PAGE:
Bangladesh’s anti-corruption watchdog has absolved a Minister of graft allegations brought by the World Bank over a $2.3 billion construction project,saying it found no evidence of malpractice in appointment of the contractor for the world body funded work.
“The graft allegation (by WB) has not been proved,based on the documentary and verbal evidence we (ACC) have” against former Communication Minister Syed Abul Hossain,said Chairman of the Bangladesh’s Anti-Corruption Commission (ACC),Ghulam Rahman on Thursday.
“The ACC does not think any corruption was committed in pre-qualification bidding process” of the main construction work of the Padma Bridge project,which was carried out when Hossain was in charge of the ministry.
Under a cabinet reshuffle,Prime Minister Sheikh Hasina,however,changed Hossain’s portfolio and made him the minister for Information and Communication Technology (ICT) recently.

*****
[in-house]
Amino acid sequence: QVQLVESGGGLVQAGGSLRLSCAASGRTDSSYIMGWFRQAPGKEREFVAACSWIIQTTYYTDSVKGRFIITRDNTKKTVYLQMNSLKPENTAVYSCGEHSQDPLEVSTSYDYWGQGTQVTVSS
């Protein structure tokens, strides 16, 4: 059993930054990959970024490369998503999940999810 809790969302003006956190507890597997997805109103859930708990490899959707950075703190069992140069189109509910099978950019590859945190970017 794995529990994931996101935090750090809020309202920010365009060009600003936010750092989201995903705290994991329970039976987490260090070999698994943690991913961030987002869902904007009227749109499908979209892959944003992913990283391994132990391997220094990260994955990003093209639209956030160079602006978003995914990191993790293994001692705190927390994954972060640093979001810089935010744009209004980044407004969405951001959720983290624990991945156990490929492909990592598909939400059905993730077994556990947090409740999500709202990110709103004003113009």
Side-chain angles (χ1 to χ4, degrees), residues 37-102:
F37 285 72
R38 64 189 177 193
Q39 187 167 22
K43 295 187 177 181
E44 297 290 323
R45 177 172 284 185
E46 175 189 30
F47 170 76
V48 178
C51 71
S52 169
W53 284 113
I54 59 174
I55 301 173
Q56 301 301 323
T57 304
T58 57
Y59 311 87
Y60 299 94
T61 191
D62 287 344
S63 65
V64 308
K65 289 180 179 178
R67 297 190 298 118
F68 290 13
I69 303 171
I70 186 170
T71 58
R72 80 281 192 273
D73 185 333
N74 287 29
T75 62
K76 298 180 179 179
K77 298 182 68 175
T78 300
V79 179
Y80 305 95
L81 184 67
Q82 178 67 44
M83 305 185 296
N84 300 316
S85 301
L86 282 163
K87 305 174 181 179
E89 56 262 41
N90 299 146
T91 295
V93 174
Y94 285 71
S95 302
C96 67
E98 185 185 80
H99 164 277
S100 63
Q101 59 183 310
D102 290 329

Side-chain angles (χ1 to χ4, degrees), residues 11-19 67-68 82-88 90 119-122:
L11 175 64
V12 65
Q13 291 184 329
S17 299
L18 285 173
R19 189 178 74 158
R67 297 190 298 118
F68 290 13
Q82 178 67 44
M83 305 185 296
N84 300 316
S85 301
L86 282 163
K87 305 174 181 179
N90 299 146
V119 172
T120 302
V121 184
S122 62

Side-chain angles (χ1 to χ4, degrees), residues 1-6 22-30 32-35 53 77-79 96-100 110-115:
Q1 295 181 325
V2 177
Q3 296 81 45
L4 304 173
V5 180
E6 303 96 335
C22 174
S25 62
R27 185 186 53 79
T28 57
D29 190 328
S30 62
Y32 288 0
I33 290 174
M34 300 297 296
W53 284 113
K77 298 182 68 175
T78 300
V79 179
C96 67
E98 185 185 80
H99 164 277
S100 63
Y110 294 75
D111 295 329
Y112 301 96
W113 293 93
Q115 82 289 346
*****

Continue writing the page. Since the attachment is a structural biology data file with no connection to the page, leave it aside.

The ACC carried out the inquiry by dividing the allegation into two — allegation of corruption over the construction of the main bridge and allegation of corruption in the appointment of the supervising consultant.
The commission,however,disclosed the finding of its inquiry into the first issue while ACC chief said investigations into the second allegation was still underway.
The ACC announcement came a week after Hasina warned her government would not accept World Bank funds for the mega project unless it could prove the allegation it raised while the global lending agency said it awaited a Canadian police investigation report on graft allegations.
Bangladesh earlier short-listed five firms for appointment as consultants including Canadian SNC-Lavalin Group Inc but the World Bank smelled corruption in the process and instead of approving the list referred the mater to Canadian authorities to investigate how the Canadian company got itself short listed.
The ACC chief said the graft watchdog sent the synopsis of its inquiry report to the Integrity Vice- Presidency (INT),a WB component responsible for investigation of internal and external allegations of misconduct and fraud and to the government.
“We think there is no need for further inquiry into the allegation. (But) if the World Bank gives more specific documents and evidence,we’ll reopen the inquiry,” Rahman said.
On September 21 last year,WB’s Integrity Vice-president Leonard F McCarthy handed over a letter and an investigation report to Finance Minister AMA Muhith and to the ACC over the alleged graft in the 2.97-billion project.